There are two kinds of diabetes. People with type 1 must inject insulin into the body regularly. Using herbs or supplements may reduce the symptoms or side effects of type 1, but people should introduce these slowly, with careful medical supervision and monitoring of blood sugar. There is no cure for type 1 diabetes. A person with this condition will always have to take some form of insulin.
Lightly bruise the thyme, e.g. with a mortar and pestle, and then place in a mug. Cover with 8 ounces of boiling water, cover, and let it steep for 10-15 minutes. Add some lemon or honey to taste, and drink the whole thing. Repeat 2-3 times daily as needed. It’s absolutely delightful just before bedtime (unless you aren’t a fan of thyme. But drink some anyways.)
The ability to synthesize a wide variety of chemical compounds that are used to perform important biological functions, and to defend against attack from predators such as insects, fungi and herbivorous mammals is called herbal medicine. Many of these phytochemicals have beneficial effects on long-term health when consumed by humans, and can be used to effectively treat human diseases. At least 12,000 such compounds have been isolated so far; a number estimated to be less than 10% of the total.[1][2]
^ Vickers A, Zollman C, Payne DK (October 2001). "Hypnosis and relaxation therapies". West. J. Med. 175 (4): 269–72. doi:10.1136/ewjm.175.4.269. PMC 1071579. PMID 11577062. Evidence from randomized controlled trials indicates that hypnosis, relaxation, and meditation techniques can reduce anxiety, particularly that related to stressful situations, such as receiving chemotherapy.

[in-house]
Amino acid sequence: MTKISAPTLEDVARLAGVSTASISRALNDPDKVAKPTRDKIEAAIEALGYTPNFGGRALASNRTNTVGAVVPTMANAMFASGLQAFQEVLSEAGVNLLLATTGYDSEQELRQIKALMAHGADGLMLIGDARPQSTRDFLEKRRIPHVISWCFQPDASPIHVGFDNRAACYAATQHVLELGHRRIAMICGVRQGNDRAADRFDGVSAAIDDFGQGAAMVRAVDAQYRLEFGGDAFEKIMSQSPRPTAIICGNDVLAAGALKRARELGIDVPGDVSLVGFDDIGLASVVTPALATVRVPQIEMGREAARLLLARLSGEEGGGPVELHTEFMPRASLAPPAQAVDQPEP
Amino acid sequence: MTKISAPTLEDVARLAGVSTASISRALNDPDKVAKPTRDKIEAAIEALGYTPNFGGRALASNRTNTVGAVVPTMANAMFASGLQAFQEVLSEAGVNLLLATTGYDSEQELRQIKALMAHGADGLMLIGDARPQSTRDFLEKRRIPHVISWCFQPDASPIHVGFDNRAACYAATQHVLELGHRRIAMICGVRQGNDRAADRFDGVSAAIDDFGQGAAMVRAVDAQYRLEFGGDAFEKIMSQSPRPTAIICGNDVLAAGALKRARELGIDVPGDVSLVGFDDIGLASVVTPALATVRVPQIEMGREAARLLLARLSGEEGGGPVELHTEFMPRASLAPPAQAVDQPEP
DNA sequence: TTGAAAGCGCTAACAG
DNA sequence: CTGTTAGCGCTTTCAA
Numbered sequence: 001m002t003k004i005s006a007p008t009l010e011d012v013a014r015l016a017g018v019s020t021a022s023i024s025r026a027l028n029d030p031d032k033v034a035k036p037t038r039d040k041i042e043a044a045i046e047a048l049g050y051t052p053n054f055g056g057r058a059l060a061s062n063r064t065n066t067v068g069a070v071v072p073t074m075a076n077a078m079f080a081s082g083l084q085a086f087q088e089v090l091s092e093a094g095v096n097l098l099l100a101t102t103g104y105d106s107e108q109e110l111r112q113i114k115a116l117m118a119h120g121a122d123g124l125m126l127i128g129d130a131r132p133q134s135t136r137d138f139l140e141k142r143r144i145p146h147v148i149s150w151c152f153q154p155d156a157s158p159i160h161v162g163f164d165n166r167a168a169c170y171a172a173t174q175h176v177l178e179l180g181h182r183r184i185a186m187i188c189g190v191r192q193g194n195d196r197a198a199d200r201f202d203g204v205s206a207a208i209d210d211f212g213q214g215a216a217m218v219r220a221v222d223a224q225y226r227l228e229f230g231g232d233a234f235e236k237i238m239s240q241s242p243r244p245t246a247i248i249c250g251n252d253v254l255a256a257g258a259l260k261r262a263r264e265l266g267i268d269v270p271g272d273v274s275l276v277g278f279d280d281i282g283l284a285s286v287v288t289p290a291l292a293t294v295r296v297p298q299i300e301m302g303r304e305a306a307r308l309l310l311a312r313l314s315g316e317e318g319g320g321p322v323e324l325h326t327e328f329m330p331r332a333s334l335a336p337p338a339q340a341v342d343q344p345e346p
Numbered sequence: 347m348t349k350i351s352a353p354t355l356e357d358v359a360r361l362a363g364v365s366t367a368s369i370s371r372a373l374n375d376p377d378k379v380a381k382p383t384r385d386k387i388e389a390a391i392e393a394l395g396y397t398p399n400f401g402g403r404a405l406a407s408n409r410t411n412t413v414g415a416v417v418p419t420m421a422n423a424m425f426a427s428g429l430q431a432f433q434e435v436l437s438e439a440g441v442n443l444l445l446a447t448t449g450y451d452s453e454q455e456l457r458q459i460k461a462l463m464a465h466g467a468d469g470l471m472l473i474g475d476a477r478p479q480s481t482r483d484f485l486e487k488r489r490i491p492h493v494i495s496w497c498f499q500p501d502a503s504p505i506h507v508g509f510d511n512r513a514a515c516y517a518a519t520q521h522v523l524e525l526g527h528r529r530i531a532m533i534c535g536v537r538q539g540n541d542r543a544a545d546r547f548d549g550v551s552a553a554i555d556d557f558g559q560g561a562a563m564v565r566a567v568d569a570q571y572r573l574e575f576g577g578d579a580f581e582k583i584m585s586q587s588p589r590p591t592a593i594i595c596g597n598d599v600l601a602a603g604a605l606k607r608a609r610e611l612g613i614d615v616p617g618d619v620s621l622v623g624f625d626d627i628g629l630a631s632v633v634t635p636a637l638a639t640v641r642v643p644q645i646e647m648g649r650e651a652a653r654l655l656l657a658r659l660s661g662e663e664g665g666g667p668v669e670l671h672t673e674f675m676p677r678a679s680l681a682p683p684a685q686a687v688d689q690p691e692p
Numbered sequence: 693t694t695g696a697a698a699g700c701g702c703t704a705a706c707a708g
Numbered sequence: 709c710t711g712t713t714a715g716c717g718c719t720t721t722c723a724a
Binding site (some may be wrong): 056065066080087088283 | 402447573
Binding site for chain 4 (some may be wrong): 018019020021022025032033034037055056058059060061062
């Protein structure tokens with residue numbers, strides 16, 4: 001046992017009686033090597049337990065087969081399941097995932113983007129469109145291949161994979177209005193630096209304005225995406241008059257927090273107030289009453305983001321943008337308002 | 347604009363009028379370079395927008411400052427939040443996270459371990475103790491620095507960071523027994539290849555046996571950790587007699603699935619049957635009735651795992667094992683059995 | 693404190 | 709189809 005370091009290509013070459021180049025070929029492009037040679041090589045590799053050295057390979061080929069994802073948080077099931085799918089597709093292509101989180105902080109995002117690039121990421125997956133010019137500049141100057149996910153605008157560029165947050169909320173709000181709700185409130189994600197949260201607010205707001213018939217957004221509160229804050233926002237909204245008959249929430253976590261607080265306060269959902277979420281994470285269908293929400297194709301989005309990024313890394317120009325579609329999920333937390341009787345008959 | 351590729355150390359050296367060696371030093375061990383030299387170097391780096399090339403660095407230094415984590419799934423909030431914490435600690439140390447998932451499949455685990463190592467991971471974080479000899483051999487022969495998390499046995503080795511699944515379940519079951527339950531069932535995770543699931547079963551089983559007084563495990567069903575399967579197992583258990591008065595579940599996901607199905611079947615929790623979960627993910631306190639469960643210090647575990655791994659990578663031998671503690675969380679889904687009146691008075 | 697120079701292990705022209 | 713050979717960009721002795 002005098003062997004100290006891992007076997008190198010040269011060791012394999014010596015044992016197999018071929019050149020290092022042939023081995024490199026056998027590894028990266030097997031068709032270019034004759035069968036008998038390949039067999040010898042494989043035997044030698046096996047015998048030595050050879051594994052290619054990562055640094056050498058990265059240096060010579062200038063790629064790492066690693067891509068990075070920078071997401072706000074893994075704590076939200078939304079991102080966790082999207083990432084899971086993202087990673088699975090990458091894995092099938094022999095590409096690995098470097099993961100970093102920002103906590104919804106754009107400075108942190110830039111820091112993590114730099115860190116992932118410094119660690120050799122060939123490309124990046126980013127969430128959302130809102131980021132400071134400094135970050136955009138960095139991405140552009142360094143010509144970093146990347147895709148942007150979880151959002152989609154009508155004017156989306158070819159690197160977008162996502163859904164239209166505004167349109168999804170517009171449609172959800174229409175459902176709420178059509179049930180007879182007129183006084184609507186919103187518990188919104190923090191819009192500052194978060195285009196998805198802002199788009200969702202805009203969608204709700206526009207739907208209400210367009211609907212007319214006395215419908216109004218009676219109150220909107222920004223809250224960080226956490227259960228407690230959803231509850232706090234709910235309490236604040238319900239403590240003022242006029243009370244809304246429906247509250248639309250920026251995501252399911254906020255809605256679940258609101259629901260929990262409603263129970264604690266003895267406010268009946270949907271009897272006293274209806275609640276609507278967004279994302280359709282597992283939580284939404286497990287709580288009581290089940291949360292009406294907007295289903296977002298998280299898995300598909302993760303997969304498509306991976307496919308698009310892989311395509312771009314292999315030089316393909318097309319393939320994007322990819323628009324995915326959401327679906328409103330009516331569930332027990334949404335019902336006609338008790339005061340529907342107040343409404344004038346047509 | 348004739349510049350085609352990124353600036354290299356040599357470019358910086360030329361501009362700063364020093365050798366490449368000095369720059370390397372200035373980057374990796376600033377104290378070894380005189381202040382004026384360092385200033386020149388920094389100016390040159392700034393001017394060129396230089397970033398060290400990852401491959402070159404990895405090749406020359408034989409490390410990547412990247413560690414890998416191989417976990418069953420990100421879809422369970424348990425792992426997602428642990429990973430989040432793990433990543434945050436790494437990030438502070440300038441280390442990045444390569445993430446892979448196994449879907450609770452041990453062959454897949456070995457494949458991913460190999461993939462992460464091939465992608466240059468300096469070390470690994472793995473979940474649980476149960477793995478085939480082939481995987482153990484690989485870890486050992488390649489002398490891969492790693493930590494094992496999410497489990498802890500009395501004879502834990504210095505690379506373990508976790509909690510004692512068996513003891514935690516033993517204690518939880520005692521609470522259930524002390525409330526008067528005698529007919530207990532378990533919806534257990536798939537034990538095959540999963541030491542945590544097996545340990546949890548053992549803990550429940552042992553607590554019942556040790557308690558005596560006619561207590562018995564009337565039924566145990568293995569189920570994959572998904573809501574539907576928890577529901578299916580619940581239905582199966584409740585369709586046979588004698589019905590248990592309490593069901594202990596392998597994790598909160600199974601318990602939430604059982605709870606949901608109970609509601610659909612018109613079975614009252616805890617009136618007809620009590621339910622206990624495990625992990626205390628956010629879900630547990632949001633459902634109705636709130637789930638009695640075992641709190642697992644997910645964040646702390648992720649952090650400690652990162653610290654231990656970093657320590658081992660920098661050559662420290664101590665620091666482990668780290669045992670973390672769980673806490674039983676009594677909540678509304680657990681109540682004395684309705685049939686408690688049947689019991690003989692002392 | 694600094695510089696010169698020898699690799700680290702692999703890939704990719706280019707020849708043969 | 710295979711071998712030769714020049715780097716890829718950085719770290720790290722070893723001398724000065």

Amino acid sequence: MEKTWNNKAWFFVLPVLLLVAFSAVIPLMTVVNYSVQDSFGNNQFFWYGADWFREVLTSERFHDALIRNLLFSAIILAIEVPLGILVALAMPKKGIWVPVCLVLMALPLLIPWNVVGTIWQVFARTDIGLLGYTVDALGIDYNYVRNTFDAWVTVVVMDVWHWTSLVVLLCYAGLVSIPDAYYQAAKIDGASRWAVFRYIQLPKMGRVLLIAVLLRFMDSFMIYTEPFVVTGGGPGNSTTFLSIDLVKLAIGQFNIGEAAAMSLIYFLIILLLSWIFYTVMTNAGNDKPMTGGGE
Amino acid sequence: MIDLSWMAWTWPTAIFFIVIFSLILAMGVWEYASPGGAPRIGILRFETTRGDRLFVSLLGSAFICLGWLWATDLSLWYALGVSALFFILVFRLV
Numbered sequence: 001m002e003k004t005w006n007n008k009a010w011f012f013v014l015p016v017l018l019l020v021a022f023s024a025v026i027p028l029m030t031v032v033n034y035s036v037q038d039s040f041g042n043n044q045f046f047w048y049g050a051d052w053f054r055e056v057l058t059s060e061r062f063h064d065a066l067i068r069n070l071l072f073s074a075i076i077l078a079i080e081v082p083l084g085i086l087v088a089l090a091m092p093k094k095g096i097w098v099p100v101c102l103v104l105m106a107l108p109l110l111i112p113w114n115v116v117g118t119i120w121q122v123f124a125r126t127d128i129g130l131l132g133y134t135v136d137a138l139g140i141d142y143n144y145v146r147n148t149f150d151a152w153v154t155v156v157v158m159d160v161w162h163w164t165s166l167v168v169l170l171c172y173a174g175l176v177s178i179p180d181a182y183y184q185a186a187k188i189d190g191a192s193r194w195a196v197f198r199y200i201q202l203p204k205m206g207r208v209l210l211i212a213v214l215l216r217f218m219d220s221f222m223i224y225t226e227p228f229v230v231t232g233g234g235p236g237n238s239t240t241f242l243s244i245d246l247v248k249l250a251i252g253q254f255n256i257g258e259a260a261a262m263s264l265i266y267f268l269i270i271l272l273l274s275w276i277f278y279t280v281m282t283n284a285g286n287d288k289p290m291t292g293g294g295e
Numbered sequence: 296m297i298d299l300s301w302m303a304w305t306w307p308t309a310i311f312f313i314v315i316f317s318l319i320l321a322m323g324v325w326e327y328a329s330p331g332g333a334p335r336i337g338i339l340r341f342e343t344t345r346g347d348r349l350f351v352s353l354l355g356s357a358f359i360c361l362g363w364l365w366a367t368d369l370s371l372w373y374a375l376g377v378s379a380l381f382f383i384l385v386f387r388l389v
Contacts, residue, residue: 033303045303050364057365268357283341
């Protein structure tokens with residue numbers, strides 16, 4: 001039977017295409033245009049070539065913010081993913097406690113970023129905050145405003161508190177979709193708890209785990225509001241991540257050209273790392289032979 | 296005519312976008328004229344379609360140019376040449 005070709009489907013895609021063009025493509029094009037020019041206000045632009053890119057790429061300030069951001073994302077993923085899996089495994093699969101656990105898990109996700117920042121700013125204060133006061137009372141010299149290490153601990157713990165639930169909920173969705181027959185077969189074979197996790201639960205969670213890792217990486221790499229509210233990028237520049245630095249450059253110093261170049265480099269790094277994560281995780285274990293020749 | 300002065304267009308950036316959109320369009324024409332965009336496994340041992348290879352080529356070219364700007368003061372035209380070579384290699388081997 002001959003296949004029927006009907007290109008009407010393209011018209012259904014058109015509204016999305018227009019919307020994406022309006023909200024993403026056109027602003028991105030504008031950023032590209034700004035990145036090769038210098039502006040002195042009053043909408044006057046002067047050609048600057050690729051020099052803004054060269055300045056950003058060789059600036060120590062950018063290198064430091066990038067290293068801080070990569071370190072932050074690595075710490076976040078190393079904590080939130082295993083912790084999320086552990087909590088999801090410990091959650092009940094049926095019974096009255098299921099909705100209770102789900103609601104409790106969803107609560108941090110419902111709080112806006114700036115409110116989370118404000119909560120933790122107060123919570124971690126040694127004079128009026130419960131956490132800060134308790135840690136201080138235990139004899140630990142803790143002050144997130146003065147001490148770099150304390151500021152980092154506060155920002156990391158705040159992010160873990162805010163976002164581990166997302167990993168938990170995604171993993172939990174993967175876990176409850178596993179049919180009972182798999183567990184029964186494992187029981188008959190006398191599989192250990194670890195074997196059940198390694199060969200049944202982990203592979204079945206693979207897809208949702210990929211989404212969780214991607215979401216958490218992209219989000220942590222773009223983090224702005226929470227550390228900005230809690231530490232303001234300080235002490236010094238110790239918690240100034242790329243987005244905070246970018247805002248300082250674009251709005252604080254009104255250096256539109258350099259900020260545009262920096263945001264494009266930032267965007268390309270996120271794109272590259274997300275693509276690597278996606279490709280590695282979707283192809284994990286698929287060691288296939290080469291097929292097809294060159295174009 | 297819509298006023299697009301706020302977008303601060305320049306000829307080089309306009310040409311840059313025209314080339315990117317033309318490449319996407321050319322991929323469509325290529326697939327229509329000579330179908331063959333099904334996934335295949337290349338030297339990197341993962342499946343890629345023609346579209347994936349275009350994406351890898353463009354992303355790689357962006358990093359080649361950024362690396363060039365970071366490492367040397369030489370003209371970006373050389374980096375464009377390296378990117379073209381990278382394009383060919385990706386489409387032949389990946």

Stellaria media Common chickweed It has been used as a remedy to treat itchy skin conditions and pulmonary diseases.[161] 17th century herbalist John Gerard recommended it as a remedy for mange. Modern herbalists prescribe it for iron-deficiency anemia (for its high iron content), as well as for skin diseases, bronchitis, rheumatic pains, arthritis and period pain.[162]
^ Akhondzadeh, S.; Noroozian, M.; Mohammadi, M.; Ohadinia, S.; Jamshidi, A. H.; Khani, M. (2003). "Salvia officinalis extract in the treatment of patients with mild to moderate Alzheimer's disease: A double blind, randomized and placebo-controlled trial". Journal of Clinical Pharmacy and Therapeutics. 28 (1): 53–9. doi:10.1046/j.1365-2710.2003.00463.x. PMID 12605619.
As you might expect from an herb like basil it has a pretty profound effect on the digestive system and therefore works great for treating things like indigestion, bloating, and gas. When you're using basil to treat these problems I'd recommend taking around 2-4 grams per day taken orally. Basil can also be used to ease the effects of insect bites and stings, simply crush the leaves so the juices can be applied to the affected area. To help from getting bit or stung in the first place you can rub the juice on the skin in the same manner, basil works rather well as an insecticide so this should help repel the bugs.
In Australia, one study reported that 46% of children suffering from cancer have been treated with at least one non-traditional therapy. Further 40% of those of any age receiving palliative care had tried at least one such therapy. Some of the most popular alternative cancer treatments were found to be dietary therapies, antioxidants, high dose vitamins, and herbal therapies.[13]

Eating a clove or two of fresh garlic a day may indeed keep the doctor away, in part because it has immune-boosting, antibacterial, antiviral, and anti-fungal effects. Many of garlic's therapeutic effects are derived from its sulfur-containing compounds, such as allicin, which are also what give it its characteristic smell. In general, garlic's benefits fall into four main categories:
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